If asked to name the three most important players on the San Diego Padres roster, the opinions may vary among the players, but I would be willing to bet the name Carlos Quentin would come up in almost every top three listed.
One of the poster boys for the being a great player but can’t stay healthy club, Quentin has spent the last two seasons playing for the Padres. If you feel like getting a little petty — which I will for the sake of this article — Quentin’s 156 missed games over the last two seasons almost makes it feel like he’s actually only been around for one season because that’s almost a full season’s worth of missed games.
No knock on Quentin because injuries happen, and more often than not they’re unpreventable — but the fact that his injuries are noteworthy enough to speak on to this extent speaks volumes about his impact on this Padres ball club.
I’m big on skill-set, and Quentin’s ability to hit for power while maintaining a nice average and on-base percentage when truly healthy is an attribute that runs few and far between throughout the Padres organization .
In 2008 while with the Chicago White Sox, Quentin’s 88 at-bats were a career high and he finished that season with 36 home runs, 100 RBIs and produced a .288 on-base percentage. That’s what he’s capable of when he’s healthy.
No other current Padres player besides Chase Headley has ever hit 30 home runs in a season before, and in Headley’s case he himself has never hit more than 13 home runs in any other season in his seven seasons in the big leagues. Quentin has hit 20 or more home runs all four of his seasons in which he had 350 or more at-bats.
Now that you get the idea. Quentin entered this spring training coming off yet another surgery and has struggled mightily at the plate thus far. Quentin’s hit-less day at the plate in Thursday’s 8-0 loss to the Milwaukee Brewers left his batting average sitting at an even .100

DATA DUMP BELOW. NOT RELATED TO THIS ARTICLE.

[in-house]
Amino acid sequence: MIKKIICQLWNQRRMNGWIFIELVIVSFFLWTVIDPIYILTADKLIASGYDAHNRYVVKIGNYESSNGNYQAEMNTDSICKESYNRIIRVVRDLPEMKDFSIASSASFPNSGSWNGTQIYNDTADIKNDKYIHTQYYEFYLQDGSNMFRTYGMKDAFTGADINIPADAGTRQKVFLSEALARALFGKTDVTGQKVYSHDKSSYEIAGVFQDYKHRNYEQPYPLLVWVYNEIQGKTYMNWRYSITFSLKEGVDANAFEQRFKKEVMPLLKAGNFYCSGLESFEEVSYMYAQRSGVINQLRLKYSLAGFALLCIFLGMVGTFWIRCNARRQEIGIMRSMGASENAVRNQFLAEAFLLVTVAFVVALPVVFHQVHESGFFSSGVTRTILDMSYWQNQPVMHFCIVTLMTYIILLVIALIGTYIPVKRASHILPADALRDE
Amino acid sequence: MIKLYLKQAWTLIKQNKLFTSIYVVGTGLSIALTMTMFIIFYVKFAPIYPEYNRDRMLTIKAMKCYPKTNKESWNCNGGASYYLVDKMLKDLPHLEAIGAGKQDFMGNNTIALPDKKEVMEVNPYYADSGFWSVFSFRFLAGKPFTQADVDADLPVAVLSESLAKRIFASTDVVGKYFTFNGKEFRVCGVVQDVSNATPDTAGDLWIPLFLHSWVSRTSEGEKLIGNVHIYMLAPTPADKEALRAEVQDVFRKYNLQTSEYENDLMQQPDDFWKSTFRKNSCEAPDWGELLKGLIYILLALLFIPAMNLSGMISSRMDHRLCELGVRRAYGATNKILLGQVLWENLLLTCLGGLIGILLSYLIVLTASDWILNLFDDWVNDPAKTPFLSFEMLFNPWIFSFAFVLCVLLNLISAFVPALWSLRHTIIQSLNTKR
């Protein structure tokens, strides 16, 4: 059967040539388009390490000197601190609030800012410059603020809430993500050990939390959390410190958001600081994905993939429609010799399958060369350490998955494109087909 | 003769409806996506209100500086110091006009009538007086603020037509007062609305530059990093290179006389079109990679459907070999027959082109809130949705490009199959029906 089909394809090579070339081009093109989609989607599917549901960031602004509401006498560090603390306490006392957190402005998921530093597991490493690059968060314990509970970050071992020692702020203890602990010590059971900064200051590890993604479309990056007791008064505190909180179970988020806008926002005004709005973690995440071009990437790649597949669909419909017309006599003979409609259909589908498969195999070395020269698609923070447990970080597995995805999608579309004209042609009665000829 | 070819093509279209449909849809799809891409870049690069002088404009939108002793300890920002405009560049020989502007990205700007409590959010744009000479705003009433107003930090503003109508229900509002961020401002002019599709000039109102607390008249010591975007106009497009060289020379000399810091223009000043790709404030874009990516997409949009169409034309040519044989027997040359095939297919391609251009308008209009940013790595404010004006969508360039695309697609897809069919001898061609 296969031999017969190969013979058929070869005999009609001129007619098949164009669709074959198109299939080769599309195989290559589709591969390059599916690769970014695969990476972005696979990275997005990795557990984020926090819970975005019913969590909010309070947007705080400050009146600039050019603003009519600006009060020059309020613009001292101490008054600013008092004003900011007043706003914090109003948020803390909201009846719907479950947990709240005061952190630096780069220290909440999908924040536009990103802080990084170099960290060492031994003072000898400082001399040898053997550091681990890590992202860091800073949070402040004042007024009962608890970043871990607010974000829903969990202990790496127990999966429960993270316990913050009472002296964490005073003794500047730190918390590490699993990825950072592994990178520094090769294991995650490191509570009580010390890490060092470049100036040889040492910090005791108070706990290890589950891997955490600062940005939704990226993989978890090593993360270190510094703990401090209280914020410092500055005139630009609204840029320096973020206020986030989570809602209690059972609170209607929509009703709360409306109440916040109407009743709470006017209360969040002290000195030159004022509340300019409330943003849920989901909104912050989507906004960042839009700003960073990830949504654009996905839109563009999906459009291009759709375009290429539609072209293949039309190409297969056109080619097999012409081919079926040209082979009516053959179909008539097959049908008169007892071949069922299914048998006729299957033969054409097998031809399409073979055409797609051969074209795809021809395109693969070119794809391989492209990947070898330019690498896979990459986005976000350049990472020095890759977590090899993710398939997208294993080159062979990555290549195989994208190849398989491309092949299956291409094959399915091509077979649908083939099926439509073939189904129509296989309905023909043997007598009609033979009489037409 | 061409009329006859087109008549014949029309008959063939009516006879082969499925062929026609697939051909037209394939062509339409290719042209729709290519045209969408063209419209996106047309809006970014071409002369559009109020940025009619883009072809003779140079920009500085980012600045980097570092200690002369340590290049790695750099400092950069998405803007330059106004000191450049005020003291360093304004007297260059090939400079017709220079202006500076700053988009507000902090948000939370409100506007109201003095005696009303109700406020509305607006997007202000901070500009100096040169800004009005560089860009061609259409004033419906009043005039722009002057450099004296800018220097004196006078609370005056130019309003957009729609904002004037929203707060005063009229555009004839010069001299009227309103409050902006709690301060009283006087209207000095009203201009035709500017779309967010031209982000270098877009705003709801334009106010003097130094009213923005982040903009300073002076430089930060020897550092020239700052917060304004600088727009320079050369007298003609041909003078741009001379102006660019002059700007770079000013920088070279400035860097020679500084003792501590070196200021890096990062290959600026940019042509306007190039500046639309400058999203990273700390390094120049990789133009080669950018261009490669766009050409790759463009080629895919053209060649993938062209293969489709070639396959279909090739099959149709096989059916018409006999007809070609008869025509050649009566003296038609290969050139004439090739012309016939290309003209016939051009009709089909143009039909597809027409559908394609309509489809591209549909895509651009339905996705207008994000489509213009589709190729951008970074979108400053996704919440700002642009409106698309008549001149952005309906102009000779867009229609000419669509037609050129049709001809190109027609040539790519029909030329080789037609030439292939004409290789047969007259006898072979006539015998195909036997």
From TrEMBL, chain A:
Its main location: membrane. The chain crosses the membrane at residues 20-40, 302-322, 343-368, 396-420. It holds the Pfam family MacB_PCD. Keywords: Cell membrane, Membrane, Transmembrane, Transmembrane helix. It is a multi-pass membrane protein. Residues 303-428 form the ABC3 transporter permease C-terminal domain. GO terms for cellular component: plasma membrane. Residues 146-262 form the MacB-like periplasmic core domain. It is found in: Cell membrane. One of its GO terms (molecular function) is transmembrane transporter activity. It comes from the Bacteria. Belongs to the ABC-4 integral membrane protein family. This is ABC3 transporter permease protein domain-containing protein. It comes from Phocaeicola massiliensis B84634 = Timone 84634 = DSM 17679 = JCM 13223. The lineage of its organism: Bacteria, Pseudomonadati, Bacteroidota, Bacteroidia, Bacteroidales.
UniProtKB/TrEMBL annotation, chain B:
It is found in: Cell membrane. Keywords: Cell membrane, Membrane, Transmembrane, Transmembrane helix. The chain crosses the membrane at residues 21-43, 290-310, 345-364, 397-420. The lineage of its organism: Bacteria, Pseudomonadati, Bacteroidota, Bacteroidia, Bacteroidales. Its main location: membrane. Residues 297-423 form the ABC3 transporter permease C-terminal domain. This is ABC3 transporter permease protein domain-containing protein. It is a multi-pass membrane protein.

After homering in his first taste of spring action on Mar. 4 — a great sign by the way — Quentin has gone hit-less in his last three games. While you always want to see your favorite players hit well, I would advise Padres fans to not worry about his struggles, because in all honesty they should be expected and looked at as a blessing in disguise.
How you ask? Well Quentin is working on a new batting stance that will alleviate pressure off of his oft-injured knees. Padres hitting Coach Phil Plantier spoke with team’s broadcaster’s during Thursday’s game on how huge keeping Quentin on the field is for the Padres and how hard he’s worked to make adjustments to do just that.
Plantier also spoke on the plan to use Quentin just enough for him to stay sharp but decrease wear and tear on his body, which I feel is a smart decision. What I gathered from the conversation is that we might not see Quentin that much during the spring, and when we do, he might struggle as he gets used to his new batting stance.
Honestly, Quentin might struggle into the regular season as well — but in my opinion him struggling early in an effort to find success doing things in a way that would help prevent missed games is a tradeoff that Padres’ fans should be happy about.